Thursday, 11 February 2016

Sail with me into the Pi (part 1)

Prerequisite: This is a tutorial about Sonic Pi, a live-coding music platform using the Ruby programming language. If you want to code along, first go to the Sonic Pi Website and follow their instructions to download it.

Okay, a bit of background. From time to time I come across a song which becomes an 'earworm'. Getting stuck in my head, struggling to get out. One such song is Sail by AWOLNATION. I've sat and learned it for the guitar, beat-boxed that slow, immersive groove, I've sequenced it on my Network Ensemble project, and last Friday, it was the turn of Sonic Pi.

Now Sonic Pi, in short, is awesome. At a lower level, its pretty familiar to me, it works in the same way as Network Ensemble and Text to Music. When running code in Sonic Pi, it pushes messages to a sound engine (theirs is written in Supercollider), via a network port. The exciting part is that where I've written messages as and when I need them. They've made a very nice Ruby API for sound control, including a number of synthesisers, effects and samples, all ready for people to dive right in to using.

The really cool part is that, Sonic Pi is being used in schools, using music as instant feedback for young people to learn about code. Personally, I know that if I'd had this kind of introduction to code earlier on, it would have been a strong introduction to programming, and brought me much earlier into the trade that has become my life.

Okay, enough background, I used Sonic Pi to create a version of Sail, and I'd like to show you how I did it. The first thing I did was add something to the language, to add some methods which I'd like to see.

Yes, I know I'm starting with something pretty complicated, but trust me, this will make the rest much easier to understand. Here's the code:

module NumberMethods
  def beat; self; end
  def beats; self; end
  def triplet; self.to_f / 3; end
  def triplets; self.to_f / 3; end
  def bar; self * 4; end
  def bars; self * 4; end
end
::Numeric.send(:include, NumberMethods)

So what's happening here is that I'm creating a Ruby module containing some methods, then I'm including that module in the Numeric class. This means that I now have methods named beat, triplet, bar etc. when I use a number in my code. It's fairly simple code, beat and bats return the number itself, unchanged, triplet and triplets return a third of that number, and bar returns 4 times the number.

This is because all of the time operations in Sonic Pi are based on beats. So while usually `sleep 1` in Ruby will wait for 1 second before continuing, in Sonic Pi it will wait for one beat, an amount of time defined by the Beats Per Minute (or BPM). You can use the method `use_bpm` to change the speed, and so `sleep 1` will wait for 1 second if you first call `use_bpm 60` or for half a second if you first call `use_bpm 120`. The song Sail, has 4 beats in the bar, and divides its beats into 3, known in music as a triplet, so that's why I've given myself these methods.

Just to prove that this works, I can write some code using my new methods and the Ruby `puts` method, then run it (alt + r) to see that the expected changes have been made to those numbers.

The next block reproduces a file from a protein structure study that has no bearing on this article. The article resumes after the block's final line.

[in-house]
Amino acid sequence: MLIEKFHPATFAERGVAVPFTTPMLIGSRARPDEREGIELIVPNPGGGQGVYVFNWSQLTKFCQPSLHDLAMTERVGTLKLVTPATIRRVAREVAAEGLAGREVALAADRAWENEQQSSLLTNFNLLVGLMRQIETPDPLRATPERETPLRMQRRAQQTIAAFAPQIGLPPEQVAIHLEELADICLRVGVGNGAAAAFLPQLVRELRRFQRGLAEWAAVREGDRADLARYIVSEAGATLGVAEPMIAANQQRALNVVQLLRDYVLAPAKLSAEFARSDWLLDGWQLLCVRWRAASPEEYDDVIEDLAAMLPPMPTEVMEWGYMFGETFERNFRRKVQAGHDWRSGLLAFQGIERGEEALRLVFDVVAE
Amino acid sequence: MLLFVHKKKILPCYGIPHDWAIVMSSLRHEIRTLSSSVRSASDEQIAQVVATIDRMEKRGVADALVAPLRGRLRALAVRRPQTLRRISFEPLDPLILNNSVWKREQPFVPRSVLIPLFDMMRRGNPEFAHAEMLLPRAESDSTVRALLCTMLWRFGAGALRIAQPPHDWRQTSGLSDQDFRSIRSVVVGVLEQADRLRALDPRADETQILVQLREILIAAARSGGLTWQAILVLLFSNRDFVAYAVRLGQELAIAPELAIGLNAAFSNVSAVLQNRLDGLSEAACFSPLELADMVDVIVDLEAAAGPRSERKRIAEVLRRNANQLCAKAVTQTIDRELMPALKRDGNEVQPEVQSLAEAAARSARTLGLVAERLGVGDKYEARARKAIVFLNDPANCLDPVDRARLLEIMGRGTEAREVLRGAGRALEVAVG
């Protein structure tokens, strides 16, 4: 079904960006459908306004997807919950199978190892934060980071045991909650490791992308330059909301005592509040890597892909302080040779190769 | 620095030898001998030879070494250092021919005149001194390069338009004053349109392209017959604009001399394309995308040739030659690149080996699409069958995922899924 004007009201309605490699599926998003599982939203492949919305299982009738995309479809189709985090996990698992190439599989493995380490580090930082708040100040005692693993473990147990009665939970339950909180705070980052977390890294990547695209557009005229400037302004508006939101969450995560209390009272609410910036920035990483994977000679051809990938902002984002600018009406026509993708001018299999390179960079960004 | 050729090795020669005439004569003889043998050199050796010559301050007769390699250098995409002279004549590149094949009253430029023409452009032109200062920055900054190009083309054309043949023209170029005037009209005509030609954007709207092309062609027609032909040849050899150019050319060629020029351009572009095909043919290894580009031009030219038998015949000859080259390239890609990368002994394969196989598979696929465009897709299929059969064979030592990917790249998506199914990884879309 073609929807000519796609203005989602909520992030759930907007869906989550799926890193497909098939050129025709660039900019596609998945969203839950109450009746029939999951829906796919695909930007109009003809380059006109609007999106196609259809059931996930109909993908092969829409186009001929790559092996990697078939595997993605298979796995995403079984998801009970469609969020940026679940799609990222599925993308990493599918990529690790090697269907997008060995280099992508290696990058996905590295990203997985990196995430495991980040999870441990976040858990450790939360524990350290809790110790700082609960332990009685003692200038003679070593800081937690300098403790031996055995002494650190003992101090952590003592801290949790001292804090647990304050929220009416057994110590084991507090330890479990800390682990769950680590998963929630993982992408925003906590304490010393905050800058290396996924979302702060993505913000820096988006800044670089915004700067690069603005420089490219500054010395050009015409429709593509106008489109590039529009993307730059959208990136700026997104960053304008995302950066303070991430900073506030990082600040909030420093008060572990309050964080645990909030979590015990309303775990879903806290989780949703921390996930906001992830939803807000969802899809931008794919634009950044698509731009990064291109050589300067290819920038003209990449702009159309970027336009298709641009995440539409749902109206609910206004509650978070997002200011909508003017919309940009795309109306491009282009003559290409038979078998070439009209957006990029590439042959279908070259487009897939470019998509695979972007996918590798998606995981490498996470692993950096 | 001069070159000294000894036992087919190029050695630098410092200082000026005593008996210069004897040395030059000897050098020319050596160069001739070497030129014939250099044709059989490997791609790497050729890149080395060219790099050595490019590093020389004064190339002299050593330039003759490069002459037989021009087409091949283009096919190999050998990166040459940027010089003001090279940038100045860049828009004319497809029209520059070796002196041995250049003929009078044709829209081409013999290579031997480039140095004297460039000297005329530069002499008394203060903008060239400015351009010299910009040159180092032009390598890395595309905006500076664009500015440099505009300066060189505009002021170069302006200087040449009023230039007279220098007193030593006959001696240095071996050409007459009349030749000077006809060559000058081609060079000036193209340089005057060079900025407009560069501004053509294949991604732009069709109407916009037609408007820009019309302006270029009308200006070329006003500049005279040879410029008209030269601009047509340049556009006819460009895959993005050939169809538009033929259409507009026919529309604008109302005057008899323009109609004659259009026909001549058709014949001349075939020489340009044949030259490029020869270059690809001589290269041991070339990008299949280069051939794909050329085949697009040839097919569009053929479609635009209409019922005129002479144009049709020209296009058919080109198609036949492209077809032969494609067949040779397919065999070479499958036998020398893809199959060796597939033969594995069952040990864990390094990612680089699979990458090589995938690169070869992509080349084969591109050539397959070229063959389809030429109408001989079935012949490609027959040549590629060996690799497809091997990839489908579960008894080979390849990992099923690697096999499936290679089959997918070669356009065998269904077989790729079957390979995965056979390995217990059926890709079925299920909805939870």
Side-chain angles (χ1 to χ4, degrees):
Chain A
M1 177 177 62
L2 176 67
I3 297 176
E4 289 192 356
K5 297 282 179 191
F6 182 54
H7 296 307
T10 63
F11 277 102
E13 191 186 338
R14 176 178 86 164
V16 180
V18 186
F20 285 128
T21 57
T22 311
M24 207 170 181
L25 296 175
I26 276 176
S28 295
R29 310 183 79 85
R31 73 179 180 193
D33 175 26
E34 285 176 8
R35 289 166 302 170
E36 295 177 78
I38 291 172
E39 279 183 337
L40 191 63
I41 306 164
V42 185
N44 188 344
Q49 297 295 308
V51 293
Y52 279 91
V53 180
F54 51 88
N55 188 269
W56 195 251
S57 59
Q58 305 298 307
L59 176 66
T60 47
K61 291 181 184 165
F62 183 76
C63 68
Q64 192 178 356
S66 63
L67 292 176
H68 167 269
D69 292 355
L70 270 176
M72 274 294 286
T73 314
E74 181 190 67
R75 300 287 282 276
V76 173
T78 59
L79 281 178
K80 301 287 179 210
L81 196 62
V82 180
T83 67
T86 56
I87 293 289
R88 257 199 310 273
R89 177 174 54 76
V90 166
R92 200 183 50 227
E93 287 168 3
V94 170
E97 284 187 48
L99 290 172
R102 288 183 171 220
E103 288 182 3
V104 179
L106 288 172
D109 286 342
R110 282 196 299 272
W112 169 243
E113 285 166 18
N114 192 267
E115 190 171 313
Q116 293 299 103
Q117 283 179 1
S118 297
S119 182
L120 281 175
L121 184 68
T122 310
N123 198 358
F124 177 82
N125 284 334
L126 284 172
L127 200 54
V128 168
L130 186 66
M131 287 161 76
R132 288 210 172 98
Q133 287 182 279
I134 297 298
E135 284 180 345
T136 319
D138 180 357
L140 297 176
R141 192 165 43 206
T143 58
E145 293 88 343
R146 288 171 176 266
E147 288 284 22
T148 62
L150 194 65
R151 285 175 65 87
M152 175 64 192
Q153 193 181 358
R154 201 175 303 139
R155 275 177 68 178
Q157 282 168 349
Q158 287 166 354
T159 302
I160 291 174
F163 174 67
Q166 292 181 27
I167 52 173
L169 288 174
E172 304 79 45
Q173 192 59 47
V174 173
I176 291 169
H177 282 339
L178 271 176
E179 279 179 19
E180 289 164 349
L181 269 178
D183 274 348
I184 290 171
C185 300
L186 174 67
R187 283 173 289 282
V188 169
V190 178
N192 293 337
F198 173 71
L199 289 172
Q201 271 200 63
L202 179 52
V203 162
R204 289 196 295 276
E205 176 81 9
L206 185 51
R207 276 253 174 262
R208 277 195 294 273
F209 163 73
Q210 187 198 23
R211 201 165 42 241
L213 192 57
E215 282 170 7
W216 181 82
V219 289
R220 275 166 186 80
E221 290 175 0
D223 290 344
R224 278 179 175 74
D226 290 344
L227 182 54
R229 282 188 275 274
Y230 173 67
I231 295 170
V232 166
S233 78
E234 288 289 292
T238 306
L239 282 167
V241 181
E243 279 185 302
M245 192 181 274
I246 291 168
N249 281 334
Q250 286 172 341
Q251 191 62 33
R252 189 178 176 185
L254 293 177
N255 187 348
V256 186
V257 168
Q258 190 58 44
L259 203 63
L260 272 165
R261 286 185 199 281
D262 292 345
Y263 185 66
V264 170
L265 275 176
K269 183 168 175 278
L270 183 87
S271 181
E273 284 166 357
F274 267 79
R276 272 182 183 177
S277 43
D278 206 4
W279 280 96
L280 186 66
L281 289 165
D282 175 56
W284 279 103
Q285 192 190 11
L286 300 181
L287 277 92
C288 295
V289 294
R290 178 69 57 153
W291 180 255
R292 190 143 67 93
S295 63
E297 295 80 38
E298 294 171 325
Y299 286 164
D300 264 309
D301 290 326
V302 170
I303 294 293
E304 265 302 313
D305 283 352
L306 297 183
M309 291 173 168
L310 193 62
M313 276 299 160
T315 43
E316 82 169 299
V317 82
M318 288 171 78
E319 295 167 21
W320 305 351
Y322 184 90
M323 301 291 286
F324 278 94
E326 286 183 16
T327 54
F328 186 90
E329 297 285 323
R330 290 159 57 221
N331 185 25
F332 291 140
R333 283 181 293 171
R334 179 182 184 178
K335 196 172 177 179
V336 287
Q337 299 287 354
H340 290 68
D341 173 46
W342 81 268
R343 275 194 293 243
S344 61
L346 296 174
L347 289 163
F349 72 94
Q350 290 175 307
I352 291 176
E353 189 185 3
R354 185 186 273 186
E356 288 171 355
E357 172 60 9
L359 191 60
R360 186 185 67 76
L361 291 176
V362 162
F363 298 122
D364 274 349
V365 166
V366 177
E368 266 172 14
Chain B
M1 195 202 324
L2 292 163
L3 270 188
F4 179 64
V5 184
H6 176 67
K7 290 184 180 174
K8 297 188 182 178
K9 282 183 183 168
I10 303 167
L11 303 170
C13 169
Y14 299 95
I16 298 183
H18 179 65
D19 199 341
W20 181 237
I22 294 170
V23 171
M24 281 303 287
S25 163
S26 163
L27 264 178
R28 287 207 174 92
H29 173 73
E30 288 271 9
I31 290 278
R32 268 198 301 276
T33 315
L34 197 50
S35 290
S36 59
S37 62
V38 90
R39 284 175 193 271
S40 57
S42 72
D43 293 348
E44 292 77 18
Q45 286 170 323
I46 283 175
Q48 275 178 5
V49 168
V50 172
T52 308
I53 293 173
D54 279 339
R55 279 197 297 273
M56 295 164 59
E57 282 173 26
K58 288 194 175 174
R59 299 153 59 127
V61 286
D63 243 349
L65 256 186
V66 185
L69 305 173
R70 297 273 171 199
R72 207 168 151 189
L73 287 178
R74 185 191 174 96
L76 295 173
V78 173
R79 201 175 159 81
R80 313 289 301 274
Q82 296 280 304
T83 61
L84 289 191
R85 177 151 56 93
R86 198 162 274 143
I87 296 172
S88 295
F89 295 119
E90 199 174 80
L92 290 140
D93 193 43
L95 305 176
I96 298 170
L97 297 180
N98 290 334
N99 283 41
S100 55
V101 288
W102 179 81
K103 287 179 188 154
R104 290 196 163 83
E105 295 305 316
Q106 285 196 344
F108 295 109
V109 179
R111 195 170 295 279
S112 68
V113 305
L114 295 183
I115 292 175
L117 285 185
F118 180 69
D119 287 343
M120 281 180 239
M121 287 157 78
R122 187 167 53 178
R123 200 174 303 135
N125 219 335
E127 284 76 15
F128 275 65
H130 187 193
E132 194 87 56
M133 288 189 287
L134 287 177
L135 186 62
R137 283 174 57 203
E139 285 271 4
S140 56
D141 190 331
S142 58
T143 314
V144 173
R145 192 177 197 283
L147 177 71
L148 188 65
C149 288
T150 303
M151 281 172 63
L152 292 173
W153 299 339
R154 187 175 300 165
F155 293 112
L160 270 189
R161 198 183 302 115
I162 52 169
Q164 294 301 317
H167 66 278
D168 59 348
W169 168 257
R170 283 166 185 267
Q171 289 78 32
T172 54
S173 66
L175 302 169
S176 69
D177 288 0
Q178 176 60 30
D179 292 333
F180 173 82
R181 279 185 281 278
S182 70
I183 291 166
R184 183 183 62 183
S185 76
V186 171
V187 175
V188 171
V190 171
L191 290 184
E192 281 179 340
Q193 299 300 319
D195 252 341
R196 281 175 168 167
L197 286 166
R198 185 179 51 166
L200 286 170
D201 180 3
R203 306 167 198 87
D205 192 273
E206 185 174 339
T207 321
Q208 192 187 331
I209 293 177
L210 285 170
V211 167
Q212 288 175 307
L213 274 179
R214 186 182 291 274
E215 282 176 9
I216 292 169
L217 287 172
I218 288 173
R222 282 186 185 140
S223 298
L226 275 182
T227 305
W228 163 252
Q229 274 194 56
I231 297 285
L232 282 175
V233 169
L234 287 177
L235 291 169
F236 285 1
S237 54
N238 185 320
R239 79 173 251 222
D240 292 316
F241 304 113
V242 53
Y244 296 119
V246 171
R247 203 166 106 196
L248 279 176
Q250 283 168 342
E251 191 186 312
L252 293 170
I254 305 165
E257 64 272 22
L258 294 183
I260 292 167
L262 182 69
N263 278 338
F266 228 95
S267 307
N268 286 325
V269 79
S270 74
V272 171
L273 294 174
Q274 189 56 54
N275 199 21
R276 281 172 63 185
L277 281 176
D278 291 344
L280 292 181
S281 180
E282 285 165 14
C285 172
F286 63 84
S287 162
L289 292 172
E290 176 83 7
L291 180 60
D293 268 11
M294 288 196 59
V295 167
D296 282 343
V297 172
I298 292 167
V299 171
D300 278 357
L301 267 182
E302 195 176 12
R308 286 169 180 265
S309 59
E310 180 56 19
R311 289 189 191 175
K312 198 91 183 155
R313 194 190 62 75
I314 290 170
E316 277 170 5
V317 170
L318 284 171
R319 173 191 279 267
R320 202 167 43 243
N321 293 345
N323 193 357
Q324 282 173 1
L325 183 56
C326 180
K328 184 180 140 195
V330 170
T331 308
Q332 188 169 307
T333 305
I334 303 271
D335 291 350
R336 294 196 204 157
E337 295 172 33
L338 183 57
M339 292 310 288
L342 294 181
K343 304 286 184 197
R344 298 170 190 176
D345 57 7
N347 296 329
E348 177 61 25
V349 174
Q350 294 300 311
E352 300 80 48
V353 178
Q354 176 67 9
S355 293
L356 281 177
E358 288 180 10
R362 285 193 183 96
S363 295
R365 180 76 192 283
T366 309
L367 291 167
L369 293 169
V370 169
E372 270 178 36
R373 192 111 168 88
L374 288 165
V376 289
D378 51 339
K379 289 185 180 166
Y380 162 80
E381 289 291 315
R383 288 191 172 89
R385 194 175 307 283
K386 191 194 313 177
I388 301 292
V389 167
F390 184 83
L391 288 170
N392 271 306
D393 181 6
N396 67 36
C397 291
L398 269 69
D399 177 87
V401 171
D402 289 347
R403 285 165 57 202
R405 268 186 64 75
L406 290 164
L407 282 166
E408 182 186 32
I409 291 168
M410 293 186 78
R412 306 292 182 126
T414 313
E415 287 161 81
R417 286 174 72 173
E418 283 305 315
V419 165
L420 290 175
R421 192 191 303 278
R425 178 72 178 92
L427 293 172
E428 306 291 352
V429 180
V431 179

On the log (right) we can see that 1.beat is, as expected, 1. 1.bar is 4 beats (the number 4) and 2.triplets is two thirds (0.66666666). This means that instead of worrying about our note values, or repeatedly writing the code to divide 1 by 3, we can use these names, known to most musicans, in our code. By making this small change to the way numbers work in Ruby, we have made our code more Domain Specific, meaning we can write our code in a way that's more like the way we would talk to people who have some knowledge in the domain of music.

Okay, we've named our note values, let's have a little look at the notes. At the start of the song, we hear what's sometimes called a vamp, the current chord is played in a way which sets out the rhthmic feel of the piece.

If we analyse this a little further, we hear that it's playing a chord (a collection of notes, played together) on each beat, for the first 2 thirds of each beat, laying out the 'triplet' feel to the song. So what I really want to make the music do is play a combination of notes a given number of times, with this triplet feel.

Once you've got used to writing code, you can usually write what might be described as Speculative Code or, as I like to think of it, Fantasy Code. We write the code we would like to work, then see if we can make it work. We can imagine a line of code which says "vamp Eb and Ab for 2 beats". It would look a little bit like this:

vamp([:Eb4, Ab4], 2)

And there we have the first two beats of the song, right? Well, not quite. There's no method called 'vamp' in Sonic Pi, so we'll have to write one. It looks like this:


Let's break this down a little. Line 12 uses the def keyword, so we are defining a method. This means that when we use the word 'vamp' in future, Ruby will look to this definition to decide what to do. Inside the brackets we are naming two arguments, notes and length, which will be expected when we call the `vamp` method, to tell it how, exactly, to vamp on that occasion.

Line 13 tells Sonic Pi to use the synthesizer named :tri, so when we call `play` on line 15, it will play those notes on the :tri synthesiser.